America's New Tiger Immigrants
No Country on earth is in the same league as the U.S. when it comes to the quantity of immigrants who have come here and the quality of their contributions. But lately, in our generally sour mood, Americans have been questioning the benefits of immigration. Many worry that today's immigrants differ from those of the past: less ambitious, less skilled, less willing and able to assimilate.
The conventional picture is of an unstoppable wave of unskilled, mostly Spanish-speaking workers—many illegal—coming across the Mexican border. People who see immigration this way fear that, instead of America assimilating the immigrants, the immigrants will assimilate us. But this picture is both out of date and factually wrong.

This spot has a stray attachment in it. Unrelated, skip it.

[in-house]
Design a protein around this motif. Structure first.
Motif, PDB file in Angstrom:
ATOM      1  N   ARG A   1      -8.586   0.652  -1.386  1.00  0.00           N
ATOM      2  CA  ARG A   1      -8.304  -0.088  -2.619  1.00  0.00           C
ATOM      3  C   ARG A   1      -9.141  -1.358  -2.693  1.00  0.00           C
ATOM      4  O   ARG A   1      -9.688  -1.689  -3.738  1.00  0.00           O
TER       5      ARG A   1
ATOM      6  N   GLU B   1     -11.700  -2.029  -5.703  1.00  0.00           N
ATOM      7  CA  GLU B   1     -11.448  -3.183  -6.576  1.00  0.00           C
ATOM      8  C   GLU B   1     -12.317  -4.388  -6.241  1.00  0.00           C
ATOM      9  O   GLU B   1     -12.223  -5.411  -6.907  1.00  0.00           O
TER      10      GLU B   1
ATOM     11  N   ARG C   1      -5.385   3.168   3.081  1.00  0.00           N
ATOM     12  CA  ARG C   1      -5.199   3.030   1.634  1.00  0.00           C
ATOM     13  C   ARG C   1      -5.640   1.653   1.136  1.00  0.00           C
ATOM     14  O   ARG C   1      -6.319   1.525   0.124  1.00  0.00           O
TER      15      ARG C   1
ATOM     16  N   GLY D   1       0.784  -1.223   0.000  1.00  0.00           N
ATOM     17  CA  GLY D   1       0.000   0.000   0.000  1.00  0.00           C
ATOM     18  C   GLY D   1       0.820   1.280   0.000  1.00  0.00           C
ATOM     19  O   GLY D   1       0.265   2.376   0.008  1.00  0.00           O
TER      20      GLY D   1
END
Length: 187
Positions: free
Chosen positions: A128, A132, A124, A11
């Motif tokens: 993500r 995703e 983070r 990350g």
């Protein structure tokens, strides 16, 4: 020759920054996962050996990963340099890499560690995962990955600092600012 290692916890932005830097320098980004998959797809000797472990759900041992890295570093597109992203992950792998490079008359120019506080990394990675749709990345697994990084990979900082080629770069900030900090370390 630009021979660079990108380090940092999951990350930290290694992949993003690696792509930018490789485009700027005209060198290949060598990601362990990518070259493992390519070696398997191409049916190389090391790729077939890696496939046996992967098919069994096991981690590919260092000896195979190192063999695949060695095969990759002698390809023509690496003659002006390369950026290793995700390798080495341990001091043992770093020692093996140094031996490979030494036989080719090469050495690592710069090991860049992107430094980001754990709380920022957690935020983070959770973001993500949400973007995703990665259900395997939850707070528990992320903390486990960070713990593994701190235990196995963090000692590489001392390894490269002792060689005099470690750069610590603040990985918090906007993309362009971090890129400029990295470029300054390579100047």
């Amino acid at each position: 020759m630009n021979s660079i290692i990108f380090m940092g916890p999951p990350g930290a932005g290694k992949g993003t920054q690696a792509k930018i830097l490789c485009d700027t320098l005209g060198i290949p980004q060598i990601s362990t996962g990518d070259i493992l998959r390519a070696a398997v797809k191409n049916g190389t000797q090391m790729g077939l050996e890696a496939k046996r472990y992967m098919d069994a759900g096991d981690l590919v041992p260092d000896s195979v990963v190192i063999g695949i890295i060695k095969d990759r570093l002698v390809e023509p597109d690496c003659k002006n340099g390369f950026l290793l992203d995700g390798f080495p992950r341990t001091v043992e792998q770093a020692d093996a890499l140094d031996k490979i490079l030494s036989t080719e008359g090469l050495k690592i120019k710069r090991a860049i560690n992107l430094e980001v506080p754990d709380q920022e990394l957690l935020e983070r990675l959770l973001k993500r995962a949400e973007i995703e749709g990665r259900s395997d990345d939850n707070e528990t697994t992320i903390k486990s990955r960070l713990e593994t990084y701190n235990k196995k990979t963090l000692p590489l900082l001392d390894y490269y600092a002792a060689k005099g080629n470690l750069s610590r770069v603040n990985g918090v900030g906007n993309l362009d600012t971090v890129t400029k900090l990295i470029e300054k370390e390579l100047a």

A report released this month by the Pew Research Center shows just how much the face of immigration has changed in the past few years. Since 2008, more newcomers to the U.S. have been Asian than Hispanic (in 2010, it was 36% of the total, versus 31%). Today's typical immigrant is not only more likely to speak English and have a college education, but also to have come to the U.S. legally...
More Asian-Americans (69%) than other Americans (58%) believe that you will get ahead with hard work. Also, 93% say that their ethnic group is "hardworking."
While 39% of Asian-Americans say their group puts "too much" pressure on kids to succeed in school, 60% of Asian-Americans think that other Americans don't push their kids hard enough.